The new Chesapeake 2000 Agreement is signed and two years of effort by a great many people from all over the watershed has paid off. Everyone seems pleased and inspired by the results — the new goals and objectives with clear measures and tough timetables will help us keep the Chesapeake Bay Program in the forefront of restoration efforts worldwide.

But in a very real sense the work is just beginning, as we must now turn our goals into reality. And while it may seem that we have nearly a decade ahead of us to achieve some of our most far-reaching objectives, if we have any hope of success, we need to get started without delay.

One of the first things I did was to take out a pencil and paper to try to estimate how ready we are to take on these new goals. For each set of objectives, more than a dozen in all, I tried to estimate the current institutional capability to deliver.

I thought about such things as current relevant laws and programs, the degree to which agencies and relations among different levels of government are in place, and the sense of public involvement in the issues. Where the agencies and other institutions exist, do they have the necessary mindset? Where they don’t exist, what needs to happen and what are the barriers? And can the Bay Program’s spirit of collaboration and partnership operate in the institutional environment that exists or is likely to emerge?

After thinking about all of these variables, I tried to rank the “institutional readiness” for each area of the agreement on a scale from 1 to 10. Of course, I knew that such an exercise had to be highly judgmental. But we cannot avoid dealing with these realities now that the agreement is signed and the marching orders have been issued.

So I tried out my ratings on the staff at the Chesapeake Bay Program Office. Of course, whenever you take such rankings before a large number of people, everything tends to merge toward the middle. While there was pretty good agreement in many areas, there were others where views were spread out all over the range.

By the time the staff was done, they had persuaded me to abandon all “1” and “10” ratings, and caused me to rearrange some other rankings. They had a lot of insight and challenged me on a number of points, but they did not lead me to abandon the exercise. In fact, it led to the kind of lively discussion that benefits all of us.

After all that, here are my ratings on institutional readiness for the Chesapeake 2000 Agreement, which I blame on no one but myself. They are in their order of appearance in the agreement, with higher numbers indicating greater readiness:

Oysters & Crabs: 7 – These two areas rank rather high, even though they deal with two of our most visible and critical living resources. Although the goals are far-reaching, especially the tenfold increase in oysters in the next decade, the responsible agencies and interests seem to be in sync on a plan to proceed. Thanks to great work by the Chesapeake Bay Foundation and others on an oyster plan, and the efforts of the Bi-State Blue Crab Commission set up under the auspices of the Chesapeake Bay Commission, there is a sense that the capability is there to get the job done. The recent decision of the Virginia Marine Resources Commission to establish a crab sanctuary for females in a large portion of the Bay’s mainstem is further evidence of progress.

Other Fisheries: 3 – In contrast to oysters and crabs, the management efforts called for in the agreement are going to require major shifts in thinking by the fisheries management agencies. Multispecies and ecosystem-based management plans are ideas that have been discussed for a number of years, but real experience putting such plans together and dealing with interactions among trophic levels are limited. We are likely to be leading the way in both areas. This will require changes in state and regional agency procedures and mindsets, as well as new ways of integrating science with fisheries management. While all the parties are ready to give it a try, it is a launch into major new territory.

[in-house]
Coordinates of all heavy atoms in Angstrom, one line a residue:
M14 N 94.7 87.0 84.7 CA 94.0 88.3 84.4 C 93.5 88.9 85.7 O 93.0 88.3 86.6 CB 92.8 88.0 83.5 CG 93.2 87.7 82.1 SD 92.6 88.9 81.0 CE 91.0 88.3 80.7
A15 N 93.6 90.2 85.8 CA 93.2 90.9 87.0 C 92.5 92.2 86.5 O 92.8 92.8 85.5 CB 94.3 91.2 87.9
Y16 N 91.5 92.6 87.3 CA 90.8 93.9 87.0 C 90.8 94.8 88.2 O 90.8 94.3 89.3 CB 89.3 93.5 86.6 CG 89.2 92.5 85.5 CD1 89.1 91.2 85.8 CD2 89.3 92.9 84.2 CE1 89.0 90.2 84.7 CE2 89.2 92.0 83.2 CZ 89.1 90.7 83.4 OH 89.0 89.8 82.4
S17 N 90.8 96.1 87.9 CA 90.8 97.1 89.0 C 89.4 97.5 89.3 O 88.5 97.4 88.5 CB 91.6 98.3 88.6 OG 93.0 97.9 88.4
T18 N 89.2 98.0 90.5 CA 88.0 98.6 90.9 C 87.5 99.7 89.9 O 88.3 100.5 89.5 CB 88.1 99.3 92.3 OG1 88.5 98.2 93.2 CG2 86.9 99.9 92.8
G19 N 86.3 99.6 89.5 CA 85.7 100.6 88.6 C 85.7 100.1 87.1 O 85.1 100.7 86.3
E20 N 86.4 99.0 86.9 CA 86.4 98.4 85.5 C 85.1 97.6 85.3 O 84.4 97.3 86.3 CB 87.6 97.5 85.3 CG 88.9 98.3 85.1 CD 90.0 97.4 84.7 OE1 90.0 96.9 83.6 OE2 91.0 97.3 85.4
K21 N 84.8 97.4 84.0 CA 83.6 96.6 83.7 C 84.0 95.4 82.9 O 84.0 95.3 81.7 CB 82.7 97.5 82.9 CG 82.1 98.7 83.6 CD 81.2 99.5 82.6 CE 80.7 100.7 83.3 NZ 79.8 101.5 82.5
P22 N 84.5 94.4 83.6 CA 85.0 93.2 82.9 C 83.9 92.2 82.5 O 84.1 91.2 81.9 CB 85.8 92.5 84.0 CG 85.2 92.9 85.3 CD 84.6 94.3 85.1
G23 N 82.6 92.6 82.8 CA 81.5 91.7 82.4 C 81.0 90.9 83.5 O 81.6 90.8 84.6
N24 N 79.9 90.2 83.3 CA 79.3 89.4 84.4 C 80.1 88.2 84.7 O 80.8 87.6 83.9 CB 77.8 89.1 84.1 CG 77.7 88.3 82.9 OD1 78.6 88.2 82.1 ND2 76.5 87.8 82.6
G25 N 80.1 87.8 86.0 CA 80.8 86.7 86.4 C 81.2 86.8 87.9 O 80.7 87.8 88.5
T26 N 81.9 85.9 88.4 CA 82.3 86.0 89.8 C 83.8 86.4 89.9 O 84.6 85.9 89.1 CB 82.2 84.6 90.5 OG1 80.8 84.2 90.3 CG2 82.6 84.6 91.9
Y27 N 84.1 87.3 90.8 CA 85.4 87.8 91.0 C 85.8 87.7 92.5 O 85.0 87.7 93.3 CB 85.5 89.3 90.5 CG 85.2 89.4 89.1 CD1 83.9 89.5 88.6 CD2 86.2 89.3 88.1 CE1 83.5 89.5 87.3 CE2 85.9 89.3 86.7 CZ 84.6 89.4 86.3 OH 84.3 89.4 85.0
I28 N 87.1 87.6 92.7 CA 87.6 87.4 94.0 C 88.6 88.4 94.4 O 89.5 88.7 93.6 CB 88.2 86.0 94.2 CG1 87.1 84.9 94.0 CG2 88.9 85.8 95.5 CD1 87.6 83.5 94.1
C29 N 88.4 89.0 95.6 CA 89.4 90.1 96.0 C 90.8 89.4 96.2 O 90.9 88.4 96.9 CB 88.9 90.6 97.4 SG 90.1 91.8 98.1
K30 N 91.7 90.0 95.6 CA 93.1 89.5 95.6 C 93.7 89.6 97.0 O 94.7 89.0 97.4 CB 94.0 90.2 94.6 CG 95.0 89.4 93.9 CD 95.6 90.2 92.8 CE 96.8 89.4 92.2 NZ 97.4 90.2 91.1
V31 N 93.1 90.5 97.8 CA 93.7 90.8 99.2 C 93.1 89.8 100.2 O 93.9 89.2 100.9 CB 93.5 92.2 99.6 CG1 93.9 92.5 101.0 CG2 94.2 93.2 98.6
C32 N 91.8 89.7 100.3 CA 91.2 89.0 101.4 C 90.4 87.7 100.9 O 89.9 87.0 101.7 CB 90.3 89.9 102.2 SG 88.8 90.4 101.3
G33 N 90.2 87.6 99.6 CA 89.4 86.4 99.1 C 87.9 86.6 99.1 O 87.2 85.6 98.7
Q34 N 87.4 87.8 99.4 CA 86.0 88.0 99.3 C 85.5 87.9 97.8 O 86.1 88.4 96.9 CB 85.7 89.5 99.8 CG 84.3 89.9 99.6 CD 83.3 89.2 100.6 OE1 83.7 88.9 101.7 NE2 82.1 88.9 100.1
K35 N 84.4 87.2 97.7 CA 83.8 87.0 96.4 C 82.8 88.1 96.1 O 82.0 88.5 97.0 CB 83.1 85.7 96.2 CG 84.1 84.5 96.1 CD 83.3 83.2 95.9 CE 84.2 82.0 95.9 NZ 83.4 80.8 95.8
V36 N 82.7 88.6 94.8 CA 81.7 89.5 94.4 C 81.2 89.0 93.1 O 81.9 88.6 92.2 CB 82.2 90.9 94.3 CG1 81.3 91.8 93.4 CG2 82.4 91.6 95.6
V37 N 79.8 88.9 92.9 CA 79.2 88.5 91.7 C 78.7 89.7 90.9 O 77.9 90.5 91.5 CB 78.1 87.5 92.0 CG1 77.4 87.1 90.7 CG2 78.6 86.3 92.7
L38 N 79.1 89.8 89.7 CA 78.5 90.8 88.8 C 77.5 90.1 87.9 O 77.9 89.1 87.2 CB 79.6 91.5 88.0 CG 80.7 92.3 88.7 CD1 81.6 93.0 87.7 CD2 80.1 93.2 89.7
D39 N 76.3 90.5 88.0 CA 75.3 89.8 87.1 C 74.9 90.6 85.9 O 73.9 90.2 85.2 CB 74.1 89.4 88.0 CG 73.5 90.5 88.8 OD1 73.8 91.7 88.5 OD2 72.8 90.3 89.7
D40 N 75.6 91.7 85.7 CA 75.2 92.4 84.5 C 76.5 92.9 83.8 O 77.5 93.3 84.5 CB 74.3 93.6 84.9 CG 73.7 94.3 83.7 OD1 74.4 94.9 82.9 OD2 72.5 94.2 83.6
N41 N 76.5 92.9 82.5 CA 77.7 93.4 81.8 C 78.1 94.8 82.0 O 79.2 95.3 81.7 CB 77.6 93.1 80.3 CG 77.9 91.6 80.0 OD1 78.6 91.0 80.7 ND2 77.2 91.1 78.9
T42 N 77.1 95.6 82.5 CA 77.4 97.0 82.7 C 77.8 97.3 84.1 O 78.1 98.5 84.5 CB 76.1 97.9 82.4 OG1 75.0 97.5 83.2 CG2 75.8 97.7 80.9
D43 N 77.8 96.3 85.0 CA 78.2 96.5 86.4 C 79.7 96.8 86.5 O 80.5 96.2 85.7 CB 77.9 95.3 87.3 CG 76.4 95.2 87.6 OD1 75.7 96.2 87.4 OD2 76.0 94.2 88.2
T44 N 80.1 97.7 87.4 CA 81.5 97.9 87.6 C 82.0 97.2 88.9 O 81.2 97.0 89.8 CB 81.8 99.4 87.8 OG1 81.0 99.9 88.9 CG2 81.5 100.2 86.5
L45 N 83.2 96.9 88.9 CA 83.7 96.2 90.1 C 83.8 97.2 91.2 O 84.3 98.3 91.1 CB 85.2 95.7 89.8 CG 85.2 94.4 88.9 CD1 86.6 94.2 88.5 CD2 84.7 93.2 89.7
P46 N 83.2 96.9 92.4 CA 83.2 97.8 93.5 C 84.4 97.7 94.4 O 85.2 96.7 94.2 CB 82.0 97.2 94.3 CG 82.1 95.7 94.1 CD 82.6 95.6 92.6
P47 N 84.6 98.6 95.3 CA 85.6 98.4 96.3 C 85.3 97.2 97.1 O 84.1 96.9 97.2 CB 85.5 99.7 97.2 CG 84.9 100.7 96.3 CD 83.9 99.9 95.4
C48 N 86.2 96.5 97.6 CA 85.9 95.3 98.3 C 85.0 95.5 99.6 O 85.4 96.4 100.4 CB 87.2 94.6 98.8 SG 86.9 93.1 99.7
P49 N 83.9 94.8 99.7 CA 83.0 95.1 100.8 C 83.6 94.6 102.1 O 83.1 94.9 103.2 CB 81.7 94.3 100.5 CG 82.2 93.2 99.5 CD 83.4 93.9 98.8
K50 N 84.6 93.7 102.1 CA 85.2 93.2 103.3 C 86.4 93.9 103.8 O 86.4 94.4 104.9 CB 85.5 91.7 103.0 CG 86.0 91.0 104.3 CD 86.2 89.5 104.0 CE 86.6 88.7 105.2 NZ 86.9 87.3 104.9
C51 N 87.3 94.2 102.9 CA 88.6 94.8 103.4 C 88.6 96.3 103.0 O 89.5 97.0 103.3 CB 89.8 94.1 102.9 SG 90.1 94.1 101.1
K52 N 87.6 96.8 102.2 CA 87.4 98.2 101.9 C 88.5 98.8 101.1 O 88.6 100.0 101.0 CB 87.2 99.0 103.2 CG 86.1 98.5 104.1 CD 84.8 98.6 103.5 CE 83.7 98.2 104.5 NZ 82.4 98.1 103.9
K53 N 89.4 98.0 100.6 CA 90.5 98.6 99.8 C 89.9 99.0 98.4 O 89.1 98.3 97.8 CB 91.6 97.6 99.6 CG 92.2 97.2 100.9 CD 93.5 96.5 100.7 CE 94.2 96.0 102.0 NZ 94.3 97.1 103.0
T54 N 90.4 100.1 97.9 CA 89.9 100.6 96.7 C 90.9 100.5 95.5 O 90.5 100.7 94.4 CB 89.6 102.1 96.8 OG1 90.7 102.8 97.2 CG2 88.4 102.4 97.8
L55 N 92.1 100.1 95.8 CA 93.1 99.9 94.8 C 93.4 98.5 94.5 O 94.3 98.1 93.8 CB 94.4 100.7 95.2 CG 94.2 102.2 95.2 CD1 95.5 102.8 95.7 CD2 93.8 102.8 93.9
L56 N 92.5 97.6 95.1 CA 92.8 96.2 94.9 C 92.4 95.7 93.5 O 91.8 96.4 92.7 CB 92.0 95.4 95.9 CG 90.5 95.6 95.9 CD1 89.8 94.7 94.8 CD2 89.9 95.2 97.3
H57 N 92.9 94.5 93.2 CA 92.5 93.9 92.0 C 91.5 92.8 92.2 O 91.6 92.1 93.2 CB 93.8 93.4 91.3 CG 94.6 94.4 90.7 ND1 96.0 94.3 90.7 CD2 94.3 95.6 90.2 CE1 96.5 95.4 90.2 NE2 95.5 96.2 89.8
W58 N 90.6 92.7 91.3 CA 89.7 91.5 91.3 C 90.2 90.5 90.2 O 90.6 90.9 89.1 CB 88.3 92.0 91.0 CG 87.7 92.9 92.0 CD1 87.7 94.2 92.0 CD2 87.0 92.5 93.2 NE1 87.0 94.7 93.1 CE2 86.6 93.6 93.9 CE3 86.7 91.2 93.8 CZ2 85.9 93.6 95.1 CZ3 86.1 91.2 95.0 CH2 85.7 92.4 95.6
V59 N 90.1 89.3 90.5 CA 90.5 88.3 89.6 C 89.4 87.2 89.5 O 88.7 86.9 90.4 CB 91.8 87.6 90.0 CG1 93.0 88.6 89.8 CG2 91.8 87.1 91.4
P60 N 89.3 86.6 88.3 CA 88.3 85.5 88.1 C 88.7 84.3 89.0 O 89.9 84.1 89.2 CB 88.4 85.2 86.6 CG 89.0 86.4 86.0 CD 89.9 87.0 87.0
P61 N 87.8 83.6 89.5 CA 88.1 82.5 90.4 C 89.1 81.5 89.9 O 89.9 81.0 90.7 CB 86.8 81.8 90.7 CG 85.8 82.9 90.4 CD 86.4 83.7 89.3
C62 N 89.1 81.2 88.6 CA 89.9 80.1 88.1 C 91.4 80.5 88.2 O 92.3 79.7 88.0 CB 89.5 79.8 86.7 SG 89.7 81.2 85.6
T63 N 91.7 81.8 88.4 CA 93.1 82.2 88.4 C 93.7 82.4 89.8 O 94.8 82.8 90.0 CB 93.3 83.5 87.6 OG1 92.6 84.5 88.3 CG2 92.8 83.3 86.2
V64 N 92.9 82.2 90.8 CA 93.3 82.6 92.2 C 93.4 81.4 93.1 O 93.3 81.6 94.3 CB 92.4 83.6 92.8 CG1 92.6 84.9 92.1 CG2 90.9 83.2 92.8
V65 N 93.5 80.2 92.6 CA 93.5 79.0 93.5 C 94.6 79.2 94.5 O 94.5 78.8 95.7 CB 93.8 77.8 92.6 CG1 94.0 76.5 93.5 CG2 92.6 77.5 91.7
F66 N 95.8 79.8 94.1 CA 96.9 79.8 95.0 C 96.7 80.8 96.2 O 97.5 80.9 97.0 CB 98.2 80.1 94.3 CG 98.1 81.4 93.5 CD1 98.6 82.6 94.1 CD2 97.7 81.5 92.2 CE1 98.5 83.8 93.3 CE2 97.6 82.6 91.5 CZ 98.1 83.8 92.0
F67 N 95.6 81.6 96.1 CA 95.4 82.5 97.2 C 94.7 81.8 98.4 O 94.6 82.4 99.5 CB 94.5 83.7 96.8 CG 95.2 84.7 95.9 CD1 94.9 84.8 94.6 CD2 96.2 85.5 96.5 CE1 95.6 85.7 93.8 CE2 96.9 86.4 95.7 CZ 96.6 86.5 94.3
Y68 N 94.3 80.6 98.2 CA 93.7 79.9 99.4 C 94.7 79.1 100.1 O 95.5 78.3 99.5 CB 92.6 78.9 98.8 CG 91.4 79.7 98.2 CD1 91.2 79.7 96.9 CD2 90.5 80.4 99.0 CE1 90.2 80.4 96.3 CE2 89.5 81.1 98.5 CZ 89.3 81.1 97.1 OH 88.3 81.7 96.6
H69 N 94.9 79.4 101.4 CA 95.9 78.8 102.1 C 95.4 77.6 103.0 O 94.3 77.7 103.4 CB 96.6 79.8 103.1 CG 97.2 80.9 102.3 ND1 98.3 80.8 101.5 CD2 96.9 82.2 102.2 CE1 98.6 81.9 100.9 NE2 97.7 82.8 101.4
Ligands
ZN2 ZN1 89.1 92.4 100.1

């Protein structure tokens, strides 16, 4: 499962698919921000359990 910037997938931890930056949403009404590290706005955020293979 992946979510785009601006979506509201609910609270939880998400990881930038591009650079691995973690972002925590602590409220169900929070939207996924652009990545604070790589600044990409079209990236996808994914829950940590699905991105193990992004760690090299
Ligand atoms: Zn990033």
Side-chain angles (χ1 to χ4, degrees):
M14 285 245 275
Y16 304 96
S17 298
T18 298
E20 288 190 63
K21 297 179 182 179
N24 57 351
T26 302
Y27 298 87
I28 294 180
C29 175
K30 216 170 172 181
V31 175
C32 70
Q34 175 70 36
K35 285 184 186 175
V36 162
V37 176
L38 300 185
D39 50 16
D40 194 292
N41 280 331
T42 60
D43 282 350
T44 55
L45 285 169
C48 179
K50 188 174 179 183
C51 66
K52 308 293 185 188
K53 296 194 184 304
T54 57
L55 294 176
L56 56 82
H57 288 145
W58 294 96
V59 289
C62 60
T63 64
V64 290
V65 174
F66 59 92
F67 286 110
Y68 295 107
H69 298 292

Wetlands Regulation & Restoration:8 – This is rated high because many of the programs to achieve no net loss are in place, and the new Virginia non-tidal wetlands program is on a tight schedule for implementation. In addition, Maryland, which has the lion’s share of the restoration burden, is well-organized to deliver in that arena, while the other jurisdictions are gearing up. The key issues that remain relate to our capacity to create effective restored wetland areas, and are less institutional than technical.

Watershed Management Plans: 3 – This is an area that needs a lot of attention because it requires the development of delivery systems to help local concerns with management plans on the small watershed level, with emphasis on stream corridors, riparian buffers and wetlands preservation. The goals are daunting: two-thirds of the watershed with community-based management plans and 25 percent of the same area with implemented wetlands preservation programs by 2010. The states will be in the lead to develop these delivery systems, and the resource implications could be considerable.

Nutrients & Sediments: 9 – The rating here is very high, to a large degree because Bay Program jurisdictions are already at work with Delaware, New York and West Virginia to meet the goals and timetable set out in the agreement.The institutional framework is essentially set by the Clean Water Act and the committee structure put in place to remove the Bay and tidal waters from the impaired waters list by 2010. The only reason this isn’t a “10” is that the staff convinced me that the capacity to adequately address nonpoint source pollution is not yet firmly established. They were right.

Toxics: 8 – Also highly ranked, the means of dealing with chemical contaminants in the water seem to be mostly in place. In contrast with nutrients, where much of the structure is backed up by the regulatory process, the toxics effort is predominantly voluntary, with major reliance on pollution prevention programs. Nonetheless, the work of Businesses for the Bay and the evolution of the new toxics strategy (out for public review this summer) provide some confidence that we are prepared to deal with new goals, especially for point sources. The area of weakness, predictably, is with runoff and other nonpoint sources, where the means to deal with the problems are legally and technically weaker.